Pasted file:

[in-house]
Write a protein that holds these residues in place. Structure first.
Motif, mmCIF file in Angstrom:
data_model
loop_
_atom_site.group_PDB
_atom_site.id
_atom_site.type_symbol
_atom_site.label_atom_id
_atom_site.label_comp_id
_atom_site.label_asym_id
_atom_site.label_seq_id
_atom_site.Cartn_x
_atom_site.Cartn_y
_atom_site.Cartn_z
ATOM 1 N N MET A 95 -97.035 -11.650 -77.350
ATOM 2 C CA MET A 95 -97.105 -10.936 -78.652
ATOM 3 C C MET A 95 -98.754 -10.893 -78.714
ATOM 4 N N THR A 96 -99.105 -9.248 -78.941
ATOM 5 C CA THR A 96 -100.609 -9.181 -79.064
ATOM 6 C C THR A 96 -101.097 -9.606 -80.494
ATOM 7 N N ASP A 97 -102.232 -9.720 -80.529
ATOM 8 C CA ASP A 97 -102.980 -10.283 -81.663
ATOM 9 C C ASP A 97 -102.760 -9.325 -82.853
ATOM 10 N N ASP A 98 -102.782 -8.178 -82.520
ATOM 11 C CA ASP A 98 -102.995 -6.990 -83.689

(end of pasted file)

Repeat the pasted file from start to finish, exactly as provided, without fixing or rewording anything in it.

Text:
[in-house]
Write a protein that holds these residues in place. Structure first.
Motif, mmCIF file in Angstrom:
data_model
loop_
_atom_site.group_PDB
_atom_site.id
_atom_site.type_symbol
_atom_site.label_atom_id
_atom_site.label_comp_id
_atom_site.label_asym_id
_atom_site.label_seq_id
_atom_site.Cartn_x
_atom_site.Cartn_y
_atom_site.Cartn_z
ATOM 1 N N MET A 95 -97.035 -11.650 -77.350
ATOM 2 C CA MET A 95 -97.105 -10.936 -78.652
ATOM 3 C C MET A 95 -98.754 -10.893 -78.714
ATOM 4 N N THR A 96 -99.105 -9.248 -78.941
ATOM 5 C CA THR A 96 -100.609 -9.181 -79.064
ATOM 6 C C THR A 96 -101.097 -9.606 -80.494
ATOM 7 N N ASP A 97 -102.232 -9.720 -80.529
ATOM 8 C CA ASP A 97 -102.980 -10.283 -81.663
ATOM 9 C C ASP A 97 -102.760 -9.325 -82.853
ATOM 10 N N ASP A 98 -102.782 -8.178 -82.520
ATOM 11 C CA ASP A 98 -102.995 -6.990 -83.689